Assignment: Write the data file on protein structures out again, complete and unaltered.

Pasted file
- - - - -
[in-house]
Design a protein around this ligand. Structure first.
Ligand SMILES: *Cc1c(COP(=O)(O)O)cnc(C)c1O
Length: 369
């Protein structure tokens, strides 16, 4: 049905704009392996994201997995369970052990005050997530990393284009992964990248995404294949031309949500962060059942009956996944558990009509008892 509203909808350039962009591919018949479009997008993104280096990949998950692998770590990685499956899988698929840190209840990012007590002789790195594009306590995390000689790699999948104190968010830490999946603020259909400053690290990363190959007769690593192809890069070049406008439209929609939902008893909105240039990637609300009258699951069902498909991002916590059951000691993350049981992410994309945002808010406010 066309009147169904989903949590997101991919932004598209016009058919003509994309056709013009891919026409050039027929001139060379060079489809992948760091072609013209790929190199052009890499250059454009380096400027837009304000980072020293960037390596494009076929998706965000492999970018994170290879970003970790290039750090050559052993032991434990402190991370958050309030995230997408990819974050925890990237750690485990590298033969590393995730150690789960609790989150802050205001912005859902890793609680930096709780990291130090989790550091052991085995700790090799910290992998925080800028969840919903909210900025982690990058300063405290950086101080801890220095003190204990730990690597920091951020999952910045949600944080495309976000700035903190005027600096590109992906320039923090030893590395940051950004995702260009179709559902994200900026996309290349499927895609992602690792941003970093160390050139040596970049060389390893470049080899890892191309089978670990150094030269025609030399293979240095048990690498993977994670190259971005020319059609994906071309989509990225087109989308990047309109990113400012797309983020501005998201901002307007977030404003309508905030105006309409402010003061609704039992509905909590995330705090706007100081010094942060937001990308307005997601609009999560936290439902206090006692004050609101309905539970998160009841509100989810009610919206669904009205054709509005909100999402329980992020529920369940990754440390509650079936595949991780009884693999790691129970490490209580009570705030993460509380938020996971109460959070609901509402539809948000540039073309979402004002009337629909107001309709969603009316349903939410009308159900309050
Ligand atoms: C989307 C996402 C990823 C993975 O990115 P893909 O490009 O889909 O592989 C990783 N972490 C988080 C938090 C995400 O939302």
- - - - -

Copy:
[in-house]
Design a protein around this ligand. Structure first.
Ligand SMILES: *Cc1c(COP(=O)(O)O)cnc(C)c1O
Length: 369
């Protein structure tokens, strides 16, 4: 049905704009392996994201997995369970052990005050997530990393284009992964990248995404294949031309949500962060059942009956996944558990009509008892 509203909808350039962009591919018949479009997008993104280096990949998950692998770590990685499956899988698929840190209840990012007590002789790195594009306590995390000689790699999948104190968010830490999946603020259909400053690290990363190959007769690593192809890069070049406008439209929609939902008893909105240039990637609300009258699951069902498909991002916590059951000691993350049981992410994309945002808010406010 066309009147169904989903949590997101991919932004598209016009058919003509994309056709013009891919026409050039027929001139060379060079489809992948760091072609013209790929190199052009890499250059454009380096400027837009304000980072020293960037390596494009076929998706965000492999970018994170290879970003970790290039750090050559052993032991434990402190991370958050309030995230997408990819974050925890990237750690485990590298033969590393995730150690789960609790989150802050205001912005859902890793609680930096709780990291130090989790550091052991085995700790090799910290992998925080800028969840919903909210900025982690990058300063405290950086101080801890220095003190204990730990690597920091951020999952910045949600944080495309976000700035903190005027600096590109992906320039923090030893590395940051950004995702260009179709559902994200900026996309290349499927895609992602690792941003970093160390050139040596970049060389390893470049080899890892191309089978670990150094030269025609030399293979240095048990690498993977994670190259971005020319059609994906071309989509990225087109989308990047309109990113400012797309983020501005998201901002307007977030404003309508905030105006309409402010003061609704039992509905909590995330705090706007100081010094942060937001990308307005997601609009999560936290439902206090006692004050609101309905539970998160009841509100989810009610919206669904009205054709509005909100999402329980992020529920369940990754440390509650079936595949991780009884693999790691129970490490209580009570705030993460509380938020996971109460959070609901509402539809948000540039073309979402004002009337629909107001309709969603009316349903939410009308159900309050
Ligand atoms: C989307 C996402 C990823 C993975 O990115 P893909 O490009 O889909 O592989 C990783 N972490 C988080 C938090 C995400 O939302």